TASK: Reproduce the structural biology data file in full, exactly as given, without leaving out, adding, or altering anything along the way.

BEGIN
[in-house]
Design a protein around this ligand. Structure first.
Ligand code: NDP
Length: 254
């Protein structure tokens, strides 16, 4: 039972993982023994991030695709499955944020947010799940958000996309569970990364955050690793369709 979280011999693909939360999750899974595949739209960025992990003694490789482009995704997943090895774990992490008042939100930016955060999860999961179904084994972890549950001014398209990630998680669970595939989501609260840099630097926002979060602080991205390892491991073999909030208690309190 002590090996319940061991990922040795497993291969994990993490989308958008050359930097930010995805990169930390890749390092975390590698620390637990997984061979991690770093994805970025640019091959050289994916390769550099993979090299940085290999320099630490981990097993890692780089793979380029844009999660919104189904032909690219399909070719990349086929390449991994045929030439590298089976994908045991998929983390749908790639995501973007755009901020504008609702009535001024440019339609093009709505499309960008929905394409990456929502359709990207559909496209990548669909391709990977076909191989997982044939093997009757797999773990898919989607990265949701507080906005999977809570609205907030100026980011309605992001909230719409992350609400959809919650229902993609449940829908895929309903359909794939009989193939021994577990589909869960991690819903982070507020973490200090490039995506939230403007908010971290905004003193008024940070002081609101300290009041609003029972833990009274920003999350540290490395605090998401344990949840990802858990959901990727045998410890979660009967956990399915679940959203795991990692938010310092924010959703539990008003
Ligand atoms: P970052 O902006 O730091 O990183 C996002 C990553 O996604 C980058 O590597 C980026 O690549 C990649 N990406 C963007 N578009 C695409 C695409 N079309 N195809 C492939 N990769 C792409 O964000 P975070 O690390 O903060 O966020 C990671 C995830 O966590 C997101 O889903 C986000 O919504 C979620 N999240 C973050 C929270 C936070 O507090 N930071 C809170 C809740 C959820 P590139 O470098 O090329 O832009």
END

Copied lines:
[in-house]
Design a protein around this ligand. Structure first.
Ligand code: NDP
Length: 254
């Protein structure tokens, strides 16, 4: 039972993982023994991030695709499955944020947010799940958000996309569970990364955050690793369709 979280011999693909939360999750899974595949739209960025992990003694490789482009995704997943090895774990992490008042939100930016955060999860999961179904084994972890549950001014398209990630998680669970595939989501609260840099630097926002979060602080991205390892491991073999909030208690309190 002590090996319940061991990922040795497993291969994990993490989308958008050359930097930010995805990169930390890749390092975390590698620390637990997984061979991690770093994805970025640019091959050289994916390769550099993979090299940085290999320099630490981990097993890692780089793979380029844009999660919104189904032909690219399909070719990349086929390449991994045929030439590298089976994908045991998929983390749908790639995501973007755009901020504008609702009535001024440019339609093009709505499309960008929905394409990456929502359709990207559909496209990548669909391709990977076909191989997982044939093997009757797999773990898919989607990265949701507080906005999977809570609205907030100026980011309605992001909230719409992350609400959809919650229902993609449940829908895929309903359909794939009989193939021994577990589909869960991690819903982070507020973490200090490039995506939230403007908010971290905004003193008024940070002081609101300290009041609003029972833990009274920003999350540290490395605090998401344990949840990802858990959901990727045998410890979660009967956990399915679940959203795991990692938010310092924010959703539990008003
Ligand atoms: P970052 O902006 O730091 O990183 C996002 C990553 O996604 C980058 O590597 C980026 O690549 C990649 N990406 C963007 N578009 C695409 C695409 N079309 N195809 C492939 N990769 C792409 O964000 P975070 O690390 O903060 O966020 C990671 C995830 O966590 C997101 O889903 C986000 O919504 C979620 N999240 C973050 C929270 C936070 O507090 N930071 C809170 C809740 C959820 P590139 O470098 O090329 O832009």